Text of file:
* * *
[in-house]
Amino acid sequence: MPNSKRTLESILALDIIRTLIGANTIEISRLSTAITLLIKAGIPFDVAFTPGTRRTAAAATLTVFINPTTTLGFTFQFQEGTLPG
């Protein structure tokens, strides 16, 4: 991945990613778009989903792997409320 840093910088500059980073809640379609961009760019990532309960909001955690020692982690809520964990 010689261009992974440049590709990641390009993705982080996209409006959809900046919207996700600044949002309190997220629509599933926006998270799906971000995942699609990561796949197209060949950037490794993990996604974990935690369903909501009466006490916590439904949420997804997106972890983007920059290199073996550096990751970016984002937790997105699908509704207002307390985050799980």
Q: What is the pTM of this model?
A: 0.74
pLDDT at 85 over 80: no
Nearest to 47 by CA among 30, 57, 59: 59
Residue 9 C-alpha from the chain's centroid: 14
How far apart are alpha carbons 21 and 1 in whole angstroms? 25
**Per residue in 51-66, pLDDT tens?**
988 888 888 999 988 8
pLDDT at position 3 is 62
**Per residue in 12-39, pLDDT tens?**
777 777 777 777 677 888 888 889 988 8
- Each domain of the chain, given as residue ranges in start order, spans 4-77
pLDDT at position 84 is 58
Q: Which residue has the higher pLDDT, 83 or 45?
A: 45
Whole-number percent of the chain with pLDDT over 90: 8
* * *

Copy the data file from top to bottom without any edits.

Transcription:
[in-house]
Amino acid sequence: MPNSKRTLESILALDIIRTLIGANTIEISRLSTAITLLIKAGIPFDVAFTPGTRRTAAAATLTVFINPTTTLGFTFQFQEGTLPG
């Protein structure tokens, strides 16, 4: 991945990613778009989903792997409320 840093910088500059980073809640379609961009760019990532309960909001955690020692982690809520964990 010689261009992974440049590709990641390009993705982080996209409006959809900046919207996700600044949002309190997220629509599933926006998270799906971000995942699609990561796949197209060949950037490794993990996604974990935690369903909501009466006490916590439904949420997804997106972890983007920059290199073996550096990751970016984002937790997105699908509704207002307390985050799980």
Q: What is the pTM of this model?
A: 0.74
pLDDT at 85 over 80: no
Nearest to 47 by CA among 30, 57, 59: 59
Residue 9 C-alpha from the chain's centroid: 14
How far apart are alpha carbons 21 and 1 in whole angstroms? 25
**Per residue in 51-66, pLDDT tens?**
988 888 888 999 988 8
pLDDT at position 3 is 62
**Per residue in 12-39, pLDDT tens?**
777 777 777 777 677 888 888 889 988 8
- Each domain of the chain, given as residue ranges in start order, spans 4-77
pLDDT at position 84 is 58
Q: Which residue has the higher pLDDT, 83 or 45?
A: 45
Whole-number percent of the chain with pLDDT over 90: 8